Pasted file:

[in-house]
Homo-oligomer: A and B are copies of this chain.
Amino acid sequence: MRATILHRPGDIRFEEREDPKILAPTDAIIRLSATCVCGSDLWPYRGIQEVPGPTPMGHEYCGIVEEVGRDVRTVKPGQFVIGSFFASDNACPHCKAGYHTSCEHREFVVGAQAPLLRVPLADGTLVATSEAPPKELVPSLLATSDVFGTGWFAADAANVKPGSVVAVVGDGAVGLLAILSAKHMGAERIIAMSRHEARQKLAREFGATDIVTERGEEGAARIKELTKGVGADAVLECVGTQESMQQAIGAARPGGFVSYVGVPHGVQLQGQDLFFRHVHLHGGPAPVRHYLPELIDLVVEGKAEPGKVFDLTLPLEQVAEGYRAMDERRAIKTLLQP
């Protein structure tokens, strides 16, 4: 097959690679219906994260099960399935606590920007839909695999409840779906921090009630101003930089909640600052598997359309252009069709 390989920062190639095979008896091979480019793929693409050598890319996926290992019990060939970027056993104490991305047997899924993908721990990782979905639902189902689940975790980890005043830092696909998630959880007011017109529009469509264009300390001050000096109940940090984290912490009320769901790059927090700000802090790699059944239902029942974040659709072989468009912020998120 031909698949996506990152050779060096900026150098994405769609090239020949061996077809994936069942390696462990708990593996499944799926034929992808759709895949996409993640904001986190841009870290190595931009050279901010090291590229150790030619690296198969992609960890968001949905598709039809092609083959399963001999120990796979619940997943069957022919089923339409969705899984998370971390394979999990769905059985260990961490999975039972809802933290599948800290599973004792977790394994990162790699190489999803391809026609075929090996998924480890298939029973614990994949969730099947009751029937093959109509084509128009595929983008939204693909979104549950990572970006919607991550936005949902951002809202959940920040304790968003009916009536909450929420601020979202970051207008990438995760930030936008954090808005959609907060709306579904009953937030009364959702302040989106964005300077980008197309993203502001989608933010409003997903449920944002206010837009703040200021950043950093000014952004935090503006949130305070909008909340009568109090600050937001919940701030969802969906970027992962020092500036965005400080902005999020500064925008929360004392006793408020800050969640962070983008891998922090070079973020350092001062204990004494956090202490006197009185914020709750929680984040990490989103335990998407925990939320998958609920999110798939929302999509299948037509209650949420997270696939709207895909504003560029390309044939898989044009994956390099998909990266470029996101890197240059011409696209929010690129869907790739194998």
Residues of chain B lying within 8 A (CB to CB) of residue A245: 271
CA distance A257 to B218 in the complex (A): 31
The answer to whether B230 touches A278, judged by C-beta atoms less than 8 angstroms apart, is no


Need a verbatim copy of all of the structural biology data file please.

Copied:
[in-house]
Homo-oligomer: A and B are copies of this chain.
Amino acid sequence: MRATILHRPGDIRFEEREDPKILAPTDAIIRLSATCVCGSDLWPYRGIQEVPGPTPMGHEYCGIVEEVGRDVRTVKPGQFVIGSFFASDNACPHCKAGYHTSCEHREFVVGAQAPLLRVPLADGTLVATSEAPPKELVPSLLATSDVFGTGWFAADAANVKPGSVVAVVGDGAVGLLAILSAKHMGAERIIAMSRHEARQKLAREFGATDIVTERGEEGAARIKELTKGVGADAVLECVGTQESMQQAIGAARPGGFVSYVGVPHGVQLQGQDLFFRHVHLHGGPAPVRHYLPELIDLVVEGKAEPGKVFDLTLPLEQVAEGYRAMDERRAIKTLLQP
């Protein structure tokens, strides 16, 4: 097959690679219906994260099960399935606590920007839909695999409840779906921090009630101003930089909640600052598997359309252009069709 390989920062190639095979008896091979480019793929693409050598890319996926290992019990060939970027056993104490991305047997899924993908721990990782979905639902189902689940975790980890005043830092696909998630959880007011017109529009469509264009300390001050000096109940940090984290912490009320769901790059927090700000802090790699059944239902029942974040659709072989468009912020998120 031909698949996506990152050779060096900026150098994405769609090239020949061996077809994936069942390696462990708990593996499944799926034929992808759709895949996409993640904001986190841009870290190595931009050279901010090291590229150790030619690296198969992609960890968001949905598709039809092609083959399963001999120990796979619940997943069957022919089923339409969705899984998370971390394979999990769905059985260990961490999975039972809802933290599948800290599973004792977790394994990162790699190489999803391809026609075929090996998924480890298939029973614990994949969730099947009751029937093959109509084509128009595929983008939204693909979104549950990572970006919607991550936005949902951002809202959940920040304790968003009916009536909450929420601020979202970051207008990438995760930030936008954090808005959609907060709306579904009953937030009364959702302040989106964005300077980008197309993203502001989608933010409003997903449920944002206010837009703040200021950043950093000014952004935090503006949130305070909008909340009568109090600050937001919940701030969802969906970027992962020092500036965005400080902005999020500064925008929360004392006793408020800050969640962070983008891998922090070079973020350092001062204990004494956090202490006197009185914020709750929680984040990490989103335990998407925990939320998958609920999110798939929302999509299948037509209650949420997270696939709207895909504003560029390309044939898989044009994956390099998909990266470029996101890197240059011409696209929010690129869907790739194998």
Residues of chain B lying within 8 A (CB to CB) of residue A245: 271
CA distance A257 to B218 in the complex (A): 31
The answer to whether B230 touches A278, judged by C-beta atoms less than 8 angstroms apart, is no